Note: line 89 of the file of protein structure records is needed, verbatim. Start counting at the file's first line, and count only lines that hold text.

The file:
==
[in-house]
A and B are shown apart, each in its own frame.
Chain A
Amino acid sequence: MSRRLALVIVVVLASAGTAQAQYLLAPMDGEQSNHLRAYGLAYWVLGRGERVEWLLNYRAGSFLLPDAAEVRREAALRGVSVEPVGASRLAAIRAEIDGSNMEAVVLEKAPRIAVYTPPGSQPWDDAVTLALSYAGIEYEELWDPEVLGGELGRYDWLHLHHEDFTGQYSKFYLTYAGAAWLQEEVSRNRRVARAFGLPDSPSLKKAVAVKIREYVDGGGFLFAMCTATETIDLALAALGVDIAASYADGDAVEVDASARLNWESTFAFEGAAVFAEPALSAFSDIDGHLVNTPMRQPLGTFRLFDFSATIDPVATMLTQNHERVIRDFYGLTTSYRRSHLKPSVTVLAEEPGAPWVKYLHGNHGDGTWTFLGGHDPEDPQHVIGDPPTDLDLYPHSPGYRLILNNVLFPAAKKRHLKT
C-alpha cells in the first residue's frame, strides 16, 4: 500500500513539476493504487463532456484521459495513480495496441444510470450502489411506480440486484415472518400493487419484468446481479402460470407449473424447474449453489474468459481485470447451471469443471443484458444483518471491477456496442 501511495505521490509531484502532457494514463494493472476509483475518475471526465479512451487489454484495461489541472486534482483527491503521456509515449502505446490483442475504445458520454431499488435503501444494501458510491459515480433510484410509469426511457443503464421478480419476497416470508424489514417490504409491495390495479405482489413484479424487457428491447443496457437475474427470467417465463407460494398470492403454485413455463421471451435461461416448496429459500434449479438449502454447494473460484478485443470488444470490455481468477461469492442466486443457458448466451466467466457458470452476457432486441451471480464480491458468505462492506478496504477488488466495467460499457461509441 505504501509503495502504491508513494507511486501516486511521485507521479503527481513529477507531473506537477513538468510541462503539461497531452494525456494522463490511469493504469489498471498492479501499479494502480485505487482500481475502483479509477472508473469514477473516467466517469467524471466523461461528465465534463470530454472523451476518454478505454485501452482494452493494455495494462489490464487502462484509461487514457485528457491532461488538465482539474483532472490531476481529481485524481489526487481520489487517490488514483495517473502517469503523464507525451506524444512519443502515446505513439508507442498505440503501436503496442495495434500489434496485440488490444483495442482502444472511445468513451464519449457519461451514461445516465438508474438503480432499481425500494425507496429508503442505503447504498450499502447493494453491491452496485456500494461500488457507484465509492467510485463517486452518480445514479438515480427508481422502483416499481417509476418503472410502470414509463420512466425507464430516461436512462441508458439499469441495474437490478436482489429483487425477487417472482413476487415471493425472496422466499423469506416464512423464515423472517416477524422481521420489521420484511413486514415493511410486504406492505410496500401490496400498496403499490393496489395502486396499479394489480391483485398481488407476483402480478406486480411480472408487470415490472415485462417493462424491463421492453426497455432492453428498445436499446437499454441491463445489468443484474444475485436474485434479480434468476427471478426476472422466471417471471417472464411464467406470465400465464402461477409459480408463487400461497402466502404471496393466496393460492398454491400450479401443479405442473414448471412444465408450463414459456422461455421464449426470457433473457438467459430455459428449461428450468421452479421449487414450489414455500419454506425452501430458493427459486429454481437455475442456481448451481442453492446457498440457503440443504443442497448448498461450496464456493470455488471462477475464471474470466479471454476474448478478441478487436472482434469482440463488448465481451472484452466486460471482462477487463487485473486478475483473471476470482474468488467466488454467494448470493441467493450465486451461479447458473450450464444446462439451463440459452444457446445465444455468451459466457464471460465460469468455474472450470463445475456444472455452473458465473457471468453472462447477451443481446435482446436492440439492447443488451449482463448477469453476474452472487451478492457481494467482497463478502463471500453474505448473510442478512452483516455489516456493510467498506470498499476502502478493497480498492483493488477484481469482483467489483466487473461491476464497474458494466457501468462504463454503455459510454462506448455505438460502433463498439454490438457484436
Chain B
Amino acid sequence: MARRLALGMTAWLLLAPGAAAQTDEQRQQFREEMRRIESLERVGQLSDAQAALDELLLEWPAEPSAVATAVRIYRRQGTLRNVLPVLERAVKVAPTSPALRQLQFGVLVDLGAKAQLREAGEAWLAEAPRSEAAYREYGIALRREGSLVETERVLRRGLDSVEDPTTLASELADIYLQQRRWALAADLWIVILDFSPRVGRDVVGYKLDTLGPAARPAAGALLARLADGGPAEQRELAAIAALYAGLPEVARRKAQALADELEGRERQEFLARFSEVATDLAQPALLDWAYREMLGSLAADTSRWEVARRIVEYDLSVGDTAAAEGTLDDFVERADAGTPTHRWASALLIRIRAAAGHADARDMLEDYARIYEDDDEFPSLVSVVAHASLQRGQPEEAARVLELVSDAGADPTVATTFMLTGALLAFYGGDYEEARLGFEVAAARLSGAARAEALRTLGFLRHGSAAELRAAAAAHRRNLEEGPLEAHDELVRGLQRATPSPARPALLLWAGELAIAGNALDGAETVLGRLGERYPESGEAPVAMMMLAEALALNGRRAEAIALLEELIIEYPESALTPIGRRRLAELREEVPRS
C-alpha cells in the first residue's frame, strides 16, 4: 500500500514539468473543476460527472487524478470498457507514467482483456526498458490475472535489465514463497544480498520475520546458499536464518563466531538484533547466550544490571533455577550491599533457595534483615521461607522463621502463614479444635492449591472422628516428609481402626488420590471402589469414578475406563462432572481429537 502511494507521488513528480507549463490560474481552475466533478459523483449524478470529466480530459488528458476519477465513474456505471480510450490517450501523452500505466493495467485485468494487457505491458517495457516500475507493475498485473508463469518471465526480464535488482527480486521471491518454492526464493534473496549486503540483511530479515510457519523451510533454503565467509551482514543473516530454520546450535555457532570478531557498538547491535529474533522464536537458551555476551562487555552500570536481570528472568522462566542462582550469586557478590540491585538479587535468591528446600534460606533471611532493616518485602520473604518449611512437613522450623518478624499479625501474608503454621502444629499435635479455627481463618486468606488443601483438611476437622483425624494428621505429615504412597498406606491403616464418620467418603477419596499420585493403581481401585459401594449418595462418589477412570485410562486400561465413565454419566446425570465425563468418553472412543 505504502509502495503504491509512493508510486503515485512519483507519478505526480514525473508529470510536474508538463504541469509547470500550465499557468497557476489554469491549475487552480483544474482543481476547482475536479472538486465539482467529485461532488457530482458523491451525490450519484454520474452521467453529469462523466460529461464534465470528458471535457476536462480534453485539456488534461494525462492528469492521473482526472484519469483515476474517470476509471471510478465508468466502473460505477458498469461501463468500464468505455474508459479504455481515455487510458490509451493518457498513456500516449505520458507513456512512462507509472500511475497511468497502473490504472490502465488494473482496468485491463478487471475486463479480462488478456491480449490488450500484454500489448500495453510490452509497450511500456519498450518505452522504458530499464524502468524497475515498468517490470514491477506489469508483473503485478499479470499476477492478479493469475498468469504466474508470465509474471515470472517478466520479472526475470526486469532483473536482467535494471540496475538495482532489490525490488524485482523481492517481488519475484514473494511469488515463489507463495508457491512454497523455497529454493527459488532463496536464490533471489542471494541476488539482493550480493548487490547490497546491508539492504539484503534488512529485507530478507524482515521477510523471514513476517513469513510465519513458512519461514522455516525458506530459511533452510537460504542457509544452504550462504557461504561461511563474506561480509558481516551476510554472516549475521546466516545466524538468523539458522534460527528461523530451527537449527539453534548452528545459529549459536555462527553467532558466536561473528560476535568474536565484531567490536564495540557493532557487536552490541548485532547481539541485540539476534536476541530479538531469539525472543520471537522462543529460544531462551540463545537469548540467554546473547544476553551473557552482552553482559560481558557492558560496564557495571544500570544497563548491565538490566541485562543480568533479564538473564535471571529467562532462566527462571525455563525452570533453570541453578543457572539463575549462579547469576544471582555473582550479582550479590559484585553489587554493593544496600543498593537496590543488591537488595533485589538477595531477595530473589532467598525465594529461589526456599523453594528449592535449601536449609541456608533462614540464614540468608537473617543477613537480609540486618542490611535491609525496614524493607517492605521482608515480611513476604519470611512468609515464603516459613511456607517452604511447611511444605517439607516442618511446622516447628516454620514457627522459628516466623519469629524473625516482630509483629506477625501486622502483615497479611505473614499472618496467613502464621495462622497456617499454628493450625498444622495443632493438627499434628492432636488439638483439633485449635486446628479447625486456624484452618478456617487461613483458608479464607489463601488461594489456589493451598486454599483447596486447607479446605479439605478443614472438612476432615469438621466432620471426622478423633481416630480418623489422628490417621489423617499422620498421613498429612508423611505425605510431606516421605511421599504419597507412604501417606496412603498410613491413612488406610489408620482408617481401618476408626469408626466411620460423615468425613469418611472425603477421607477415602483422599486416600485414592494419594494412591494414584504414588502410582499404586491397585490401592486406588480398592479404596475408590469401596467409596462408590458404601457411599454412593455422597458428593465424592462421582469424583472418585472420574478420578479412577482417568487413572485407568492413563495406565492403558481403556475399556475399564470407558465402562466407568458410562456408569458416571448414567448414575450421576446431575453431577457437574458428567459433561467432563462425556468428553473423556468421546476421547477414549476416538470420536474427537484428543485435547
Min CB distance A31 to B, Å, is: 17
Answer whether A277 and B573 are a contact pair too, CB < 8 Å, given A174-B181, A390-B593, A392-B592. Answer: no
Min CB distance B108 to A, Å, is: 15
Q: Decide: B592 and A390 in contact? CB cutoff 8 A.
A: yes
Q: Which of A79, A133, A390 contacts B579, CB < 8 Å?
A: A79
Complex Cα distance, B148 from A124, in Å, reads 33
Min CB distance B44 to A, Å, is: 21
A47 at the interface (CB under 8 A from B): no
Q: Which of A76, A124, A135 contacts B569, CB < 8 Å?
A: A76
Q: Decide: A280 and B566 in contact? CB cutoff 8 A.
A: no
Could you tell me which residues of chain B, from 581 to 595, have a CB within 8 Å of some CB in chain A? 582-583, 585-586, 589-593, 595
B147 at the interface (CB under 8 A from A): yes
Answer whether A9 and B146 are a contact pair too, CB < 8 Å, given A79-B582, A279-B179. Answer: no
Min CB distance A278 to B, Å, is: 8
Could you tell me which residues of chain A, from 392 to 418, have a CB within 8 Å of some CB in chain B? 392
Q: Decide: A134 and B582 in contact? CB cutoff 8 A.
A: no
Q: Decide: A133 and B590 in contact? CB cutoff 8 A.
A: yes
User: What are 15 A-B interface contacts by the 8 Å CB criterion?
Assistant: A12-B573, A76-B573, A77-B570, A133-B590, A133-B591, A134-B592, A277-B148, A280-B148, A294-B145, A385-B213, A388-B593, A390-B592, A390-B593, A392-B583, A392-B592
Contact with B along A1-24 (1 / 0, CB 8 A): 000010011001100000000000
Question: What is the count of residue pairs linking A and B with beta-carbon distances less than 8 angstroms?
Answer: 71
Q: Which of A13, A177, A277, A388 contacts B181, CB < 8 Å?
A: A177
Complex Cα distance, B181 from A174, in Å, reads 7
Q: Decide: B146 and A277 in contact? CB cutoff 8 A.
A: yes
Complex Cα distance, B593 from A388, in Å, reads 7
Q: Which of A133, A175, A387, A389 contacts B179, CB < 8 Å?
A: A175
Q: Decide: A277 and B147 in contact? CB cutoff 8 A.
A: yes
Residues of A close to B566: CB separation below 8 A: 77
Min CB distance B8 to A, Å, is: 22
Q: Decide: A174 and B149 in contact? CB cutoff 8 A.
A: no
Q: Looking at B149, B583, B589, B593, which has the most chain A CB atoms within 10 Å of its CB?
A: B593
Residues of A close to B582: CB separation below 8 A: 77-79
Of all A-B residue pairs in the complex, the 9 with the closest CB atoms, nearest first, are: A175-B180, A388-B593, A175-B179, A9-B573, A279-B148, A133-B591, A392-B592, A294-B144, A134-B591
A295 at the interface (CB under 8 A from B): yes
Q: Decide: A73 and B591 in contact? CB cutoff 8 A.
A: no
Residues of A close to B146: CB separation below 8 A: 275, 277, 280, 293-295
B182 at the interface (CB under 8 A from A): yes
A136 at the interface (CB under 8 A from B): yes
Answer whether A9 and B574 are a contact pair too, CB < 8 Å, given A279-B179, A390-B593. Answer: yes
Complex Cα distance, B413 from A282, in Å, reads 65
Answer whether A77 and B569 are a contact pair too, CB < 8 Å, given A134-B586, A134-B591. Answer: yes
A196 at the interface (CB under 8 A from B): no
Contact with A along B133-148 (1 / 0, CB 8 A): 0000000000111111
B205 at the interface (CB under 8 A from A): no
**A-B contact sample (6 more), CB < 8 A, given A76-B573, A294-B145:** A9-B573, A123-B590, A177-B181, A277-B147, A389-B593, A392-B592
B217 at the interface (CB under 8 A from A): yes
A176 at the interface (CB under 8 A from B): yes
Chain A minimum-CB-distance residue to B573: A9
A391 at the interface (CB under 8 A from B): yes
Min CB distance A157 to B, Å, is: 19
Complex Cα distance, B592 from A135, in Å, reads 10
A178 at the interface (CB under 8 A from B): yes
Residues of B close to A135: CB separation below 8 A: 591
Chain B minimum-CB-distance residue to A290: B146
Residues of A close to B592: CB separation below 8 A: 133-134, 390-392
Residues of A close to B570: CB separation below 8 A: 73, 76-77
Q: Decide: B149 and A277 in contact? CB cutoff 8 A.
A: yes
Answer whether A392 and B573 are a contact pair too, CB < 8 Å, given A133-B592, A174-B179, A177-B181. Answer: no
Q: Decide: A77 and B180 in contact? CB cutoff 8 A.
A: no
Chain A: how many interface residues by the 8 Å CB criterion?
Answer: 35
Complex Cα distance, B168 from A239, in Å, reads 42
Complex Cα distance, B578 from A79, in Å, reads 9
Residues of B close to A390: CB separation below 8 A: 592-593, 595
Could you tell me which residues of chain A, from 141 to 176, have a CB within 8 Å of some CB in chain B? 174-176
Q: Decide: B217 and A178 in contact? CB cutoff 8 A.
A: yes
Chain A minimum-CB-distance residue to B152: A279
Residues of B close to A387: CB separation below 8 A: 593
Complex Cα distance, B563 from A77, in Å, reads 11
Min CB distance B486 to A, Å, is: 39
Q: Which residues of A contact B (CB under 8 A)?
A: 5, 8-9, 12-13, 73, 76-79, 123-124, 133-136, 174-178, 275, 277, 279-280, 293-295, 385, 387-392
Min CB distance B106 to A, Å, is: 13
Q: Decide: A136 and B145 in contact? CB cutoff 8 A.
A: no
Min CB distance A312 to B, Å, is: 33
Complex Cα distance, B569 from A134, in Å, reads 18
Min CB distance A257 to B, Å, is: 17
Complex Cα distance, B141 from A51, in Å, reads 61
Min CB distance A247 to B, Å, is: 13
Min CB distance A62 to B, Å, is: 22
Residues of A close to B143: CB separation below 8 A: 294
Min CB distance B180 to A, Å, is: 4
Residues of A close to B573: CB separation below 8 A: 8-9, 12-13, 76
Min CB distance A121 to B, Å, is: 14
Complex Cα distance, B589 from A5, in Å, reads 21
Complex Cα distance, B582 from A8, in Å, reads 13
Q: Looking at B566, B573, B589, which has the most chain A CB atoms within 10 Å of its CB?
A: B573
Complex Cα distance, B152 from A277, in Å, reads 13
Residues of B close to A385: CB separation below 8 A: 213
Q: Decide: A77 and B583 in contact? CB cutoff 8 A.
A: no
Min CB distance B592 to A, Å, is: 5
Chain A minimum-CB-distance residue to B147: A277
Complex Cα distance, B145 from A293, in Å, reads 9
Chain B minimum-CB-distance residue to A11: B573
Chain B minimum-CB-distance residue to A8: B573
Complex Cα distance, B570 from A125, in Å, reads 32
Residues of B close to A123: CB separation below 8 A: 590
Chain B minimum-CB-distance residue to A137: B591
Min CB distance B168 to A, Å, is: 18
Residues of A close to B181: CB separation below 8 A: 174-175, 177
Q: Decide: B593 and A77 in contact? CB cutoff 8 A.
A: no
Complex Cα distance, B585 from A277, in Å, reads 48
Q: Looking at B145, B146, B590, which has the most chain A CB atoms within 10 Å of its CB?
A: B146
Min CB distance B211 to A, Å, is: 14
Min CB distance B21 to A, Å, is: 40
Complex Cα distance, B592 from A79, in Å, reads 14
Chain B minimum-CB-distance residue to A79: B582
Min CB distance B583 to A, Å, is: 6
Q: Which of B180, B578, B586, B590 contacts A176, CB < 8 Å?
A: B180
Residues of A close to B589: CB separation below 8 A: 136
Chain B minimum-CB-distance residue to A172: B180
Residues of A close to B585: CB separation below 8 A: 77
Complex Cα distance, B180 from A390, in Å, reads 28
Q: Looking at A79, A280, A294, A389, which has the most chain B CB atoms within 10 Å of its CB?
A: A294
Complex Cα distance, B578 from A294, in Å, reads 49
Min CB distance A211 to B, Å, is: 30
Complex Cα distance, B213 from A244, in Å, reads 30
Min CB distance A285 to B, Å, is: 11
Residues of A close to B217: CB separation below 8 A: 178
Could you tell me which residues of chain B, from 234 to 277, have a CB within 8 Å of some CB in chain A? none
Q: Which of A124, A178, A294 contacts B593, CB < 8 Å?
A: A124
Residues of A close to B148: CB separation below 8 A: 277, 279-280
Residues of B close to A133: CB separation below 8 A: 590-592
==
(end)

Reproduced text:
Could you tell me which residues of chain A, from 141 to 176, have a CB within 8 Å of some CB in chain B? 174-176